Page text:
Munich security conference dominated by Ukraine war

The Munich Security Conference is historically a place for countries to meet and discuss events, but this year the looming topic is the state of Ukraine.

The Munich Security conference met this weekend and included dozens of heads of state, generals, intelligence chiefs and top diplomats from countries all around the world, the United States sending a record number of delegates from both political parties. The conference had underlying tones of foreboding and concern, with a majority of the conference dedicated to the conflict in Ukraine. President Volodymyr Zelenskyy of Ukraine urged for Western leaders to act, not just talk, requesting the speedy delivery of weapons and sharing the dwindling supplies on the ground.

During her speech, Vice President Kamala Harris accused Russia of committing crimes against humanity in Ukraine, after an investigation conducted by the State Department. Prior to this event, the United States had already deemed that Russian troops have been committing war crimes but now have taken the classification one step further by calling the atrocities crimes against humanity. In her speech, she described the deliberate targeting of civilians in Ukraine and evidence of “widespread and systemic” rape, torture, killing, beating, electrocution and deportation. Russia’s US ambassador Anatoly Antonov fired back by claiming that the Americans are trying to “demonize Russia.”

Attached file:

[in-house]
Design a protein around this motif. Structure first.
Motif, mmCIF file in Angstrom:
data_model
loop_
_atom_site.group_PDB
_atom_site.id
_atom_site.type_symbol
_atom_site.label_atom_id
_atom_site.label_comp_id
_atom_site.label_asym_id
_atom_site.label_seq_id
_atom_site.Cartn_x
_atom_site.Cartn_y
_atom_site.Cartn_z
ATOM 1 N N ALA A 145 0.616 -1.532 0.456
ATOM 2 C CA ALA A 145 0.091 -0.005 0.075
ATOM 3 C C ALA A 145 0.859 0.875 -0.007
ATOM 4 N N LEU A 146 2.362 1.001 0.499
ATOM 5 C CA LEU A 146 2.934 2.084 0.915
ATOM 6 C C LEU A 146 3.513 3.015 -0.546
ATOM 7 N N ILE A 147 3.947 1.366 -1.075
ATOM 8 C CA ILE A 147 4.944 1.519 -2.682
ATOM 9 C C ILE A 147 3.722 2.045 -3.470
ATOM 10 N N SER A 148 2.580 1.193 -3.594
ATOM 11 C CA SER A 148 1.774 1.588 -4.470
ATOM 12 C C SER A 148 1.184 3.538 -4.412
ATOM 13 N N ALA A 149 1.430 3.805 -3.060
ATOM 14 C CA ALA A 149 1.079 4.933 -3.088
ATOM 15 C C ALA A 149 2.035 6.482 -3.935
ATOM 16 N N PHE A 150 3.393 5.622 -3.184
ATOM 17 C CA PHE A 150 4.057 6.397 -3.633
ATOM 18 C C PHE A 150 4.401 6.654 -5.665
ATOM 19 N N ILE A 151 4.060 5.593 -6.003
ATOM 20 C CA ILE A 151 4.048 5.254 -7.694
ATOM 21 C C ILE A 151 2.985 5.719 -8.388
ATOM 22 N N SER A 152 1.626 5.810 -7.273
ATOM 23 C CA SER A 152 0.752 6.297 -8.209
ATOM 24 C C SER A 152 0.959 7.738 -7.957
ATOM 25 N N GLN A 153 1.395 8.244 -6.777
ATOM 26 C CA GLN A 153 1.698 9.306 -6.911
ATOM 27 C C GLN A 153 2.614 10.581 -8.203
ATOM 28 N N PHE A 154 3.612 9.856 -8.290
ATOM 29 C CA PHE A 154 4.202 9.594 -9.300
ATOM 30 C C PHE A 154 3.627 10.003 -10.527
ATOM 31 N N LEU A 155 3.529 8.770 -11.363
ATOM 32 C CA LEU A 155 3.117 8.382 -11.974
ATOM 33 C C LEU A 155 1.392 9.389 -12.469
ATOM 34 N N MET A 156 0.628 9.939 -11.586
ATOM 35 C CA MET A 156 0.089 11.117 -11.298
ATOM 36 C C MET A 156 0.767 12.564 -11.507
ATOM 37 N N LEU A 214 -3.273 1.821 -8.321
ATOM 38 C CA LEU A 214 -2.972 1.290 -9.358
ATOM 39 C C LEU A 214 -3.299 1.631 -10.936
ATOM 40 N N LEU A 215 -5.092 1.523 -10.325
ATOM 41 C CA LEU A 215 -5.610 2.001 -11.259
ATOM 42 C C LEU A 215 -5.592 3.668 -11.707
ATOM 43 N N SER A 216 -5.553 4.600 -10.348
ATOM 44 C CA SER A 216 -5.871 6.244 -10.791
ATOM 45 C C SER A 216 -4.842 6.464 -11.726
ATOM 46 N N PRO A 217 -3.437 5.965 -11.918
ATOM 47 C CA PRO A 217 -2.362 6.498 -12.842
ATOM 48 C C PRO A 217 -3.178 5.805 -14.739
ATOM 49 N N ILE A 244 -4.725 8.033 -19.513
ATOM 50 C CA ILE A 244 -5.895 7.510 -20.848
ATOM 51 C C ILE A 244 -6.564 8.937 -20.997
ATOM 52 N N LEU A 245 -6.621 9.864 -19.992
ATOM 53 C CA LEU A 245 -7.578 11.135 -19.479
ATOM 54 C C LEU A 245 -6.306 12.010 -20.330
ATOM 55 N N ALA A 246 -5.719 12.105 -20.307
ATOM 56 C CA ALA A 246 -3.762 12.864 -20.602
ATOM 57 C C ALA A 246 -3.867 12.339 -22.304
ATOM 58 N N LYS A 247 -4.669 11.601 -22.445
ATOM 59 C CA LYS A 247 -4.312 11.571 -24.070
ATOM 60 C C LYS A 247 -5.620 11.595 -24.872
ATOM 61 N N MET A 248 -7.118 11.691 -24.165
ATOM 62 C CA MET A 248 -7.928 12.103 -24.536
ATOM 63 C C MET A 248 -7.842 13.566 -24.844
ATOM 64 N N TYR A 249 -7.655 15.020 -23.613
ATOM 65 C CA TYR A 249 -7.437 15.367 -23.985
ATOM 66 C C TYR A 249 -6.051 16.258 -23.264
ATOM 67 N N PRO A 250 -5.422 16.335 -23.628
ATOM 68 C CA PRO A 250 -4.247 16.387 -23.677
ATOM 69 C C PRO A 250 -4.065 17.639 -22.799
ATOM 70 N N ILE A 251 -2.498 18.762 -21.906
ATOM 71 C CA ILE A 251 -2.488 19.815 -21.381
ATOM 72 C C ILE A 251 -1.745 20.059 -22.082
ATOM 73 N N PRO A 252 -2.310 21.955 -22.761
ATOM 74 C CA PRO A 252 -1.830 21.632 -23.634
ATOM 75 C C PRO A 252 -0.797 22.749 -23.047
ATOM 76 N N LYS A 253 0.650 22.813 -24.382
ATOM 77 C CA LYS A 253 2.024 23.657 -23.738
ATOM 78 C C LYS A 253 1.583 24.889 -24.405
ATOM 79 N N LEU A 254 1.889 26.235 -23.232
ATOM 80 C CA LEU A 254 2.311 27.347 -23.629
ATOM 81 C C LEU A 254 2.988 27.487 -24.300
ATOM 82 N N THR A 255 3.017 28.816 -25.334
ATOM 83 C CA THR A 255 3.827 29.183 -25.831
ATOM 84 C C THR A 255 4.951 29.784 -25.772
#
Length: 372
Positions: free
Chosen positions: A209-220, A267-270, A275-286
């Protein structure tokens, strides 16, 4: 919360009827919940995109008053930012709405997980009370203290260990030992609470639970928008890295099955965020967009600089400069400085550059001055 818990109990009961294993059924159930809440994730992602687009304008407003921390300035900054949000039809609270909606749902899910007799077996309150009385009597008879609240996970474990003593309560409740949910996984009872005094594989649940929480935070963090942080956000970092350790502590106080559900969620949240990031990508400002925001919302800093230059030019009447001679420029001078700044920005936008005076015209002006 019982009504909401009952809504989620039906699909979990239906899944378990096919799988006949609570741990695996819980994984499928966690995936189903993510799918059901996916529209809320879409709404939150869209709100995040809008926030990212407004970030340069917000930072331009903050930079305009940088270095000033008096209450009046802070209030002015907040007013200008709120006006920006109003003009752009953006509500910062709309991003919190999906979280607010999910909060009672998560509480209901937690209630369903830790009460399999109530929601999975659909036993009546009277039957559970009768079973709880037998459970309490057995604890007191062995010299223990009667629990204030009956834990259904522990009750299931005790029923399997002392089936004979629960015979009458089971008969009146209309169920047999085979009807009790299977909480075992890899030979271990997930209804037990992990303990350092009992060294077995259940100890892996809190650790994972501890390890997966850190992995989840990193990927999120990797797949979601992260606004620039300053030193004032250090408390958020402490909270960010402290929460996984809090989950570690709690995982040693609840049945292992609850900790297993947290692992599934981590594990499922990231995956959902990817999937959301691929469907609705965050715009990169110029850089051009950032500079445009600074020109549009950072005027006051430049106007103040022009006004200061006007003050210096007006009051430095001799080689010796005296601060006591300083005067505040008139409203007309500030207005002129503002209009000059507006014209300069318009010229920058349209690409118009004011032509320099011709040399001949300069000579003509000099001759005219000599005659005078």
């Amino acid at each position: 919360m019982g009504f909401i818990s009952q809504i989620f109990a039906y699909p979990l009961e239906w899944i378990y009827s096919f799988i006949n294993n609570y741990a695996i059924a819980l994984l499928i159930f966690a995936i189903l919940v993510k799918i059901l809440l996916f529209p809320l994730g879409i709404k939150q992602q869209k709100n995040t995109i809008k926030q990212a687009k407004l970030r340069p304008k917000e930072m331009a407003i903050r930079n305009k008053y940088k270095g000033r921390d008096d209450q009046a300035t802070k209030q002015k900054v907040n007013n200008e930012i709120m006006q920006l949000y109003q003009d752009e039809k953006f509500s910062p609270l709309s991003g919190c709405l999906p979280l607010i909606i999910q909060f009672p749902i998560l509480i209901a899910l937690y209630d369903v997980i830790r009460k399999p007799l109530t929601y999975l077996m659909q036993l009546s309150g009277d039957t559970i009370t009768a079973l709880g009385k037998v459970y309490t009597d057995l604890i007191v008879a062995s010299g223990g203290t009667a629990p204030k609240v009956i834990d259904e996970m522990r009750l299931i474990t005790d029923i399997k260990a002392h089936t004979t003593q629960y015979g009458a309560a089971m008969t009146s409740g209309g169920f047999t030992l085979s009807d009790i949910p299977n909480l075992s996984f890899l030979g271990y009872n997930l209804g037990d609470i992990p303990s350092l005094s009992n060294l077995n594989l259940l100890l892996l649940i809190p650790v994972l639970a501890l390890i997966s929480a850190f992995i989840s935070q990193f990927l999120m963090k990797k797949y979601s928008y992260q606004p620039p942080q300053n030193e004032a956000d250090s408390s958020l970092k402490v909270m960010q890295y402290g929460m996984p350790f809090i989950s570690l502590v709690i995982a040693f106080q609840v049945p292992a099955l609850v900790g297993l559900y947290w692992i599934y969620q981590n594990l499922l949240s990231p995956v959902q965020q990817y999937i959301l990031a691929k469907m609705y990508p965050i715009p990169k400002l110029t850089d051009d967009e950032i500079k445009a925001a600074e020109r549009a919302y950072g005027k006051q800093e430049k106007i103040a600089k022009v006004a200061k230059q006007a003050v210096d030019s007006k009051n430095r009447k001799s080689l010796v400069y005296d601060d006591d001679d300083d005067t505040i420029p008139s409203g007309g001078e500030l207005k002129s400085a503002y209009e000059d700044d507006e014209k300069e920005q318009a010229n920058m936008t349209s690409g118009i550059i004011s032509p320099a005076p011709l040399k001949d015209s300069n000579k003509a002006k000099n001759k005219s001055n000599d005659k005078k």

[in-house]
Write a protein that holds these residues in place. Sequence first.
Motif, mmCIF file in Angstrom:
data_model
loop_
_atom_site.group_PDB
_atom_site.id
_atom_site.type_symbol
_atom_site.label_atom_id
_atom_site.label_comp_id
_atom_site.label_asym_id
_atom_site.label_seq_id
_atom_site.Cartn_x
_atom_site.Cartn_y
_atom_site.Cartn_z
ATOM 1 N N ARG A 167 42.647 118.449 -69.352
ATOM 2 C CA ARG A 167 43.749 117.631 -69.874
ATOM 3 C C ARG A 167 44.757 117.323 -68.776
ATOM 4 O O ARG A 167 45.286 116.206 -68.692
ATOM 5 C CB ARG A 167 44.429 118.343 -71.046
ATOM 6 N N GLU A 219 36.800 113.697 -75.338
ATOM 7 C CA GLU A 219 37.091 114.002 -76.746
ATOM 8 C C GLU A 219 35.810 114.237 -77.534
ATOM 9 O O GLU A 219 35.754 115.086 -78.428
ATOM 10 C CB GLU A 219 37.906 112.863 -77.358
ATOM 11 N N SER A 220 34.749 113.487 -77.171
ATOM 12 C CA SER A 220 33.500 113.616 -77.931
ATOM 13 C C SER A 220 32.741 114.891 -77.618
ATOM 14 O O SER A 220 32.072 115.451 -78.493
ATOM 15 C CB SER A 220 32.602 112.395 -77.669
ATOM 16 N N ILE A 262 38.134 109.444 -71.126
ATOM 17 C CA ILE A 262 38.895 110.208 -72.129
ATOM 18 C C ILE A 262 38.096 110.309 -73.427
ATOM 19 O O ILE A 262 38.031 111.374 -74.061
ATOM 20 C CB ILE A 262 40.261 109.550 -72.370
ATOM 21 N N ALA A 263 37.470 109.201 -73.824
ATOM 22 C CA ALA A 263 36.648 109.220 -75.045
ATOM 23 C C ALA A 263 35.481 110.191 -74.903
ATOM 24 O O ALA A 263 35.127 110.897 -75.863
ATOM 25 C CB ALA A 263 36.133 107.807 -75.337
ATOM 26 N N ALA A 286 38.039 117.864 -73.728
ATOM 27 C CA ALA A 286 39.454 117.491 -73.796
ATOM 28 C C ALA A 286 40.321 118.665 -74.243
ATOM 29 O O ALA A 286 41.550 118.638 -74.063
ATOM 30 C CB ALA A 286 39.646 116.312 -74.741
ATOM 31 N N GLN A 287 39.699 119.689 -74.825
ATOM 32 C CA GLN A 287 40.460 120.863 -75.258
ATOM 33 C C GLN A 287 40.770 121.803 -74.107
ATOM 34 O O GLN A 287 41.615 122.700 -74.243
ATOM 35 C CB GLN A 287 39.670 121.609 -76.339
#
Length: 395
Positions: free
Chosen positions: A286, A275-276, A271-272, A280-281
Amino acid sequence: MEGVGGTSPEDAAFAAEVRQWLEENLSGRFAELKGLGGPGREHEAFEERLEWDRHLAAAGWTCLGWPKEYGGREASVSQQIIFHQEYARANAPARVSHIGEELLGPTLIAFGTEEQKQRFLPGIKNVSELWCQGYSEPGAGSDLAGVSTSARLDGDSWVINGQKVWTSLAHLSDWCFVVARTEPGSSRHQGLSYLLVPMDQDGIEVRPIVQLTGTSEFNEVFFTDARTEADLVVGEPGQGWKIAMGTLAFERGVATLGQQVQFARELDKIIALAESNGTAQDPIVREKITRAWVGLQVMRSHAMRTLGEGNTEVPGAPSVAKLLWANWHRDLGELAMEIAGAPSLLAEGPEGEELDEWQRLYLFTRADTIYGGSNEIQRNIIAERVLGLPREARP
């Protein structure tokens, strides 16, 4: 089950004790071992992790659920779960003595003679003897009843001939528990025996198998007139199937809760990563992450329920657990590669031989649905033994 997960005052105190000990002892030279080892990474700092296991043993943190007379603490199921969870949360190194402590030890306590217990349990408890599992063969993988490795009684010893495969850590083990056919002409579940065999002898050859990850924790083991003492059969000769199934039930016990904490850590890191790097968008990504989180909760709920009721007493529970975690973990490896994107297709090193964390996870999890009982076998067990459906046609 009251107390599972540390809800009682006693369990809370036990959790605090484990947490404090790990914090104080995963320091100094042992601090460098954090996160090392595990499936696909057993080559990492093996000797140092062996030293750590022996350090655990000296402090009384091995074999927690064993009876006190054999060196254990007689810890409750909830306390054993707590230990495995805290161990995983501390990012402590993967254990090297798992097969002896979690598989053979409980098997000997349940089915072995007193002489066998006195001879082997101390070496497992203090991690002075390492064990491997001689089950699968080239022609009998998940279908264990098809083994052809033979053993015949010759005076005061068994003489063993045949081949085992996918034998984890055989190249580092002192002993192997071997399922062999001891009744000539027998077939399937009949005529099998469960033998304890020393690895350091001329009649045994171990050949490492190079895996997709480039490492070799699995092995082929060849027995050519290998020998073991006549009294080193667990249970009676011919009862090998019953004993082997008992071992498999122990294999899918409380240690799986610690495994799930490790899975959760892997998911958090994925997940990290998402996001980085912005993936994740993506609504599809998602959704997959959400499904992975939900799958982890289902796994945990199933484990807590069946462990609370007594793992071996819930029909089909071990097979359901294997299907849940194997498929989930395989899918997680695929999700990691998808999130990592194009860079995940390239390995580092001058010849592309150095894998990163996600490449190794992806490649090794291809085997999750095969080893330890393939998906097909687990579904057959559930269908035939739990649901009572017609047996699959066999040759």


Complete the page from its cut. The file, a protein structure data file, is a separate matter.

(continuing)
Russian officials did not receive an invite to the security conference for the first time since the nineties and had no voice at the conference. In their stead, Kremlin critics were offered seats instead. Iranian government officials were also not invited due to Tehran’s suppression of protests. Oftentimes, the Munich security conference wants to promote open communication between adversaries, governed by “the Munich Rule: engage and interact with each other: don’t lecture or ignore one another,” but MSC Chair Christoph Heusgen says “he draws the line at war criminals.”

Europe’s leaders committed to sending more weapons to aid Ukraine, with German Chancellor Olaf Scholz asking European partners to deliver battle tanks to Ukraine without delay. Scholz vowed to permanently meet NATO’s defense spending goal for individual members of two percent of gross domestic product, where in years past Germany has found excuses and explained away not meeting the spending goal. The new defense minister, Boris Pistorius, is pushing for even more, claiming that it won’t be possible to complete all of the necessary tasks that are ahead with two percent. This is a complete one-eighty from last year, where Germany’s Social Democrats were calling for the United States to remove all of their nuclear warheads from German soil.

China also wants peace in Ukraine and the world, as stated by their top diplomat Wang Yi. He stressed during his speech that he is deeply worried about the long term effects of the war and is nervous about the potential return of a “Cold War mentality.” He called for peace talks, insisting that peace is Beijing’s top foreign policy priority, while also warning against international interference in Taiwan. The United States has been concerned about Beijing invading Taiwan and the growing relationship with Moscow. The U.S. State Department said that the United States is not seeking conflict with China but warned Wang against providing support to Russia or helping Moscow evade Western sanctions.

Post Author: Erika Brock